A mesoscale meteorological model, a surface hydrology model, and a ground-water hydrology model are linked to simulate the hydrographic response of a large river basin to a single storm. Synoptic climatology is employed to choose a representative hydroclimatic event. The mesoscale meteorological model uses three nested domains to simulate relatively high-resolution precipitation over a sub-basin of the Susquehanna River Basin. The hydrology models simulate surface runoff and ground-water baseflow using both analyzed and simulated precipitation. The hydrologic abstractions are handled using both Curve Number and Green-Ampt routines. To support the linkage of the numerical models, special attention is given to data resampling and reprojection. The mesoscale meteorological model simulation captures the spatial and temporal structure of the storm event, while the hydrology models represent the timing of the event well. The Curve Number method generates a realistic hydrograph with both analyzed and simulated precipitation. In contrast, the hydrographic response generated by the Green-Ampt routine is inferior. Several interrelated factors contribute to these results, including: the nature of the precipitation event chosen for the experiment; the tendency of the mesoscale meteorological model to underpredict low intensity, widespread precipitation in this case; and the influence of the surface soil-texture characteristics on infiltration rates.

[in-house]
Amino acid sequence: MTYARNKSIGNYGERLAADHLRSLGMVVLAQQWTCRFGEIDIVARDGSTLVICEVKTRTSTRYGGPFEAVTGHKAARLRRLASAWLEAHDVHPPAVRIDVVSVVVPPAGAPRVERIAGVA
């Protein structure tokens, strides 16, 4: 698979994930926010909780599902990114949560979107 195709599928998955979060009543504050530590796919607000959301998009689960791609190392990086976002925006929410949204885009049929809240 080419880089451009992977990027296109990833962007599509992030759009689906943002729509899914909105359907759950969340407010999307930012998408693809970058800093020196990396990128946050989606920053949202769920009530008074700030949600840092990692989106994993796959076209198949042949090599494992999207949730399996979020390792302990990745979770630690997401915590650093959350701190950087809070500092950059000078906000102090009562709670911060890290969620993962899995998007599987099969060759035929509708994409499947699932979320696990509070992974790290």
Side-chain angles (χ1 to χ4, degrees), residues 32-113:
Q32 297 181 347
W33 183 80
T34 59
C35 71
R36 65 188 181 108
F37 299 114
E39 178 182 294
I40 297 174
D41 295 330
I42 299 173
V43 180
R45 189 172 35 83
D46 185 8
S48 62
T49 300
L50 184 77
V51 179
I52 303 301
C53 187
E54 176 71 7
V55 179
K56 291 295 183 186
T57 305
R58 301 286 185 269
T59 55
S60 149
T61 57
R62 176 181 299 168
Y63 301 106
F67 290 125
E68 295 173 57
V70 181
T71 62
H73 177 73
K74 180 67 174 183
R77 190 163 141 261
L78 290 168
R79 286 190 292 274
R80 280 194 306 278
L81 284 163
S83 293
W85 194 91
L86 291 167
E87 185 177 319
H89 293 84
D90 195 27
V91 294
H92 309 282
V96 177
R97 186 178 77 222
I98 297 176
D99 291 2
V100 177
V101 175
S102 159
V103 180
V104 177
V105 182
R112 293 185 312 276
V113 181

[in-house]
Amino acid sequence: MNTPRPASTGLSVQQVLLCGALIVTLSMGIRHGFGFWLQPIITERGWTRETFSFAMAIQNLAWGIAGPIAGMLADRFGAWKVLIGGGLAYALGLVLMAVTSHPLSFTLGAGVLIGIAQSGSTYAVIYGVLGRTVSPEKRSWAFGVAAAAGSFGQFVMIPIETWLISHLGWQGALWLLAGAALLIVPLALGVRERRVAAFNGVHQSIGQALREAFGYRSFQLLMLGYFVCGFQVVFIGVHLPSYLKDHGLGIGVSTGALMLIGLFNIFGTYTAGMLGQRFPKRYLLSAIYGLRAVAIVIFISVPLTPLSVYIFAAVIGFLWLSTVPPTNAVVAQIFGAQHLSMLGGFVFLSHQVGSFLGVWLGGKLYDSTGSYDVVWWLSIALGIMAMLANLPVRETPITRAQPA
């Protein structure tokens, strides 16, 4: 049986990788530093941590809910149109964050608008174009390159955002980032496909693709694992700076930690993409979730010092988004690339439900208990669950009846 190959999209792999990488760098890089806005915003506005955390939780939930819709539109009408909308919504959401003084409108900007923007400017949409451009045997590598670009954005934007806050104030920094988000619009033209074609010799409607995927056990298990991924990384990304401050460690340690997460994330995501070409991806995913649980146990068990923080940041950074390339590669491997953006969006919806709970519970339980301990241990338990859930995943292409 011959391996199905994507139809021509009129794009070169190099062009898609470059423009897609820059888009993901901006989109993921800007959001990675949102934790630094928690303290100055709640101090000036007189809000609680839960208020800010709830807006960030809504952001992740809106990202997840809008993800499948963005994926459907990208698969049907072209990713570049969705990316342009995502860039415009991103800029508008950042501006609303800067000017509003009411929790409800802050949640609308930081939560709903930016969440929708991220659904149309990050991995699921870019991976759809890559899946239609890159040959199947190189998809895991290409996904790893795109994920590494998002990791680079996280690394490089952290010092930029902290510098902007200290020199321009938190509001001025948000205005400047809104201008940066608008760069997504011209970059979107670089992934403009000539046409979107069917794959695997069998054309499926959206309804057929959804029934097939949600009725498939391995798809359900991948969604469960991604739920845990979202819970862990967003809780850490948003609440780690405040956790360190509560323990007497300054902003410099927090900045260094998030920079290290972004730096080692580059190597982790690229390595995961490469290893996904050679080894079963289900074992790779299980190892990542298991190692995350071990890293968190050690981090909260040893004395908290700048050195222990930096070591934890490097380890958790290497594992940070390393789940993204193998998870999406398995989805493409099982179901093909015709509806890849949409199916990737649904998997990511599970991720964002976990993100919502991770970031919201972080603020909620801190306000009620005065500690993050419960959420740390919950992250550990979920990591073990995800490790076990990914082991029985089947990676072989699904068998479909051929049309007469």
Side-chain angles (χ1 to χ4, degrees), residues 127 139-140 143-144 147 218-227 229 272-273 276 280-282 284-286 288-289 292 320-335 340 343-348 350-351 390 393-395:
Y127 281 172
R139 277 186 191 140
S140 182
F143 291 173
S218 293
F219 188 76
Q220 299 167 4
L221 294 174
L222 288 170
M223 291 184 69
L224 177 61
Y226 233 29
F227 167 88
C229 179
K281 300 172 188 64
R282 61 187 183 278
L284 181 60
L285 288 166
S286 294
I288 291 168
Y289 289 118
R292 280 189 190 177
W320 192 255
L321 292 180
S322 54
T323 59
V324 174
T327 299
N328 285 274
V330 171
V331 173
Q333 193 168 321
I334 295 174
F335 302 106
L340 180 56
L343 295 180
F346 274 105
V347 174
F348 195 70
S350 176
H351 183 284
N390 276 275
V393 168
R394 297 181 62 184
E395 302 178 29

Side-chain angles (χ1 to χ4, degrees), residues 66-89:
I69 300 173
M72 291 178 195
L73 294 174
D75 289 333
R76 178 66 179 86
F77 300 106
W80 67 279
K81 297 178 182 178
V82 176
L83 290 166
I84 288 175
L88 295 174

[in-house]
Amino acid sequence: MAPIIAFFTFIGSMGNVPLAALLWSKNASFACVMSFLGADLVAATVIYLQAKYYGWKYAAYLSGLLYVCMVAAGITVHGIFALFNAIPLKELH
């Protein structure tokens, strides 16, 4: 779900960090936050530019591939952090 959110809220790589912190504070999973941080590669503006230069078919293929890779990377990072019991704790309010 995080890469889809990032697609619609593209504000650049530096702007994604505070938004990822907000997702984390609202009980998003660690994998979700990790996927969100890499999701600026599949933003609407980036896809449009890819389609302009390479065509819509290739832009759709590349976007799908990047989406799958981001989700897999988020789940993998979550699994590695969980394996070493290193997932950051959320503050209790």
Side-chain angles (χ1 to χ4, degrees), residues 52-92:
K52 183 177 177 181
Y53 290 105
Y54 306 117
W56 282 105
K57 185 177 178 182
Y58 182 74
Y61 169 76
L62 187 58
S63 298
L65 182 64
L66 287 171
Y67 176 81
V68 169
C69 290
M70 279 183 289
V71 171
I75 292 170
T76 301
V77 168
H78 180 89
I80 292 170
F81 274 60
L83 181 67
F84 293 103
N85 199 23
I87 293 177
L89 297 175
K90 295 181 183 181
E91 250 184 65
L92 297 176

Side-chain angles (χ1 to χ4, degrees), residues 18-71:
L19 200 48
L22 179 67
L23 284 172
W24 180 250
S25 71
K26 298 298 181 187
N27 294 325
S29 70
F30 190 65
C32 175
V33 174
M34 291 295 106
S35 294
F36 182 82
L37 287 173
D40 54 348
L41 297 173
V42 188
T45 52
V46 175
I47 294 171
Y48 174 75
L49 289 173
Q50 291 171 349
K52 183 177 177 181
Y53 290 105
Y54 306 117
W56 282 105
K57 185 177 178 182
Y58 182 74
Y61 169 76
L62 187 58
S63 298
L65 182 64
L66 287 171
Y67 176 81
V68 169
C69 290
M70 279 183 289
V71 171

|Original language||English (US)|
|Number of pages||17|
|Journal||Journal of the American Water Resources Association|
|State||Published - Aug 1998|
All Science Journal Classification (ASJC) codes
- Water Science and Technology
- Earth-Surface Processes